Director: Yaseen Auwal
Producer: Rahama Sadau and Abubakar Bashir Maishadda
Screenplay: Yakubu M. Kumo
Company: Sadau Pictures
Release Date: 18/02/2022
Cast: Rahama Sadau, Umar M. Shareef, Rab’u Rikadawa, Asma’u Sani etc.
After a brief hiatus in Kannywood, superstar Rahama Sadau is back with an eponymous movie NADEEYA. There have been high expectations of the film because of the good reputation of its director, Yaseen Auwal, and the female lead, Rahama Sadau, who also doubled as the producer. It, however, failed to open with a bang due to little publicity as it wasn’t initially made for the big screen.
The film is an issue-based drama about ‘upbringing’. It depicts how some parents spoil their kids, specifically daughters, and the practical difficulties such children face in life. The story revolves around a pampered daughter, Nadeeya (acted by Rahama Sadau), who faces similar challenges after her marriage.
On their first day as newlyweds, Nadeeya’s husband (Umar M. Shareef) begins to discover mysterious things about her. She prays badly and can’t correctly perform even a simple ablution, not to speak of the ritual bath. The husband learns further that his bride doesn’t master domestic chores like cooking and housework. She once cooked a pretty heinous meal that nobody could eat. He is, thus, obliged to question her past. Viewers are then shown a series of flashbacks as she recounts her story.
Nadeeya is, since childhood, spoiled rotten by her father (Rabi’u Rikadawa). The father tried hard to get rid of anything that could cause discomfort to his favourite daughter. He had once fought an Islamic school teacher for punishing her and eventually pulled her out of the school. He also divorced her mum for disciplining her. Therefore, she was brought up single-handedly by the impious father with a maid doing everything for her. Nadeeya is now extremely remorseful and ready to change for the better. The story continues…
The film is, indeed, hard-hitting and very meaningful. Through the eponymous character, it shows that children’s first learning begins at home, and their personality and morals depend largely on how they are raised. It also reminds of the responsibility of protecting one’s family from the hellfire, as contained in Qur’an (66:6). It reiterates that the responsibility is on both parents and husbands — this is seen in the portrayal of Nadeeya’s husband (Umar M. Shareef).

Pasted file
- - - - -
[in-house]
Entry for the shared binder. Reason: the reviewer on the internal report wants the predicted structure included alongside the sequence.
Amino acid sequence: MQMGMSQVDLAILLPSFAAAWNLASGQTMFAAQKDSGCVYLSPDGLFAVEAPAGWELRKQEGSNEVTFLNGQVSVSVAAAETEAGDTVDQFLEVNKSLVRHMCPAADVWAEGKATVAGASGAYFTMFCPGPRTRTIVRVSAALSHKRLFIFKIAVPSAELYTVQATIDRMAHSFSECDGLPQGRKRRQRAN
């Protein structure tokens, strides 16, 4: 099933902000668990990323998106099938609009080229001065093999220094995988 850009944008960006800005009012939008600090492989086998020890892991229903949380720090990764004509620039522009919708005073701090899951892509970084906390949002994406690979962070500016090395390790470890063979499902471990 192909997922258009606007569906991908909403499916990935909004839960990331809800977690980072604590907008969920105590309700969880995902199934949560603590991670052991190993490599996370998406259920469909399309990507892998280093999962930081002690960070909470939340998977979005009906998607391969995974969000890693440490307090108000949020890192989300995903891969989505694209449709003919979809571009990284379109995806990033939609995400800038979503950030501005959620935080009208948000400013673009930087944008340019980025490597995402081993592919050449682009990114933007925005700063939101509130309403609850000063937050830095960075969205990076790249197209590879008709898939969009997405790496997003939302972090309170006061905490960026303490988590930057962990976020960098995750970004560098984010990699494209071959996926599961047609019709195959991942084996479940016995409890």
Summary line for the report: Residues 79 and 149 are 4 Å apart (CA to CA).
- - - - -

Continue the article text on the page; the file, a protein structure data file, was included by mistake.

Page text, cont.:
Nonetheless, despite some scenes being highly overdramatized, the director, Yaseen Auwal, succeeded in handling the serious theme with the utmost gravity. He deserves an accolade for making this topical movie that not only slams indulgent parents but also underlines the need for religious knowledge. Additionally, the film’s locales are beautiful, except for the bride’s room, where we see cracks in the painting. It was also well shot with an audible sound.
Again, the actors all did well. The lead, Rahama Sadau, is no slouch at acting. She melded every action with a fitting gesture, making a brilliant performance throughout the movie. M. Shareef tried to deliver his dialogue. He impressed in the scenes where he recites the Qur’an and where he teaches Nadeeya about Islam—although his chemistry with her didn’t take. However, Rabi’u Rikadawa did excellently as usual.
On the whole, Nadeeya is a well-made movie. I recommend it for those who are tired of Kannywood’s overblown romantic melodramas. Rating 3.5/5.
Habibu Maaruf Abdu wrote from Kano via firstname.lastname@example.org.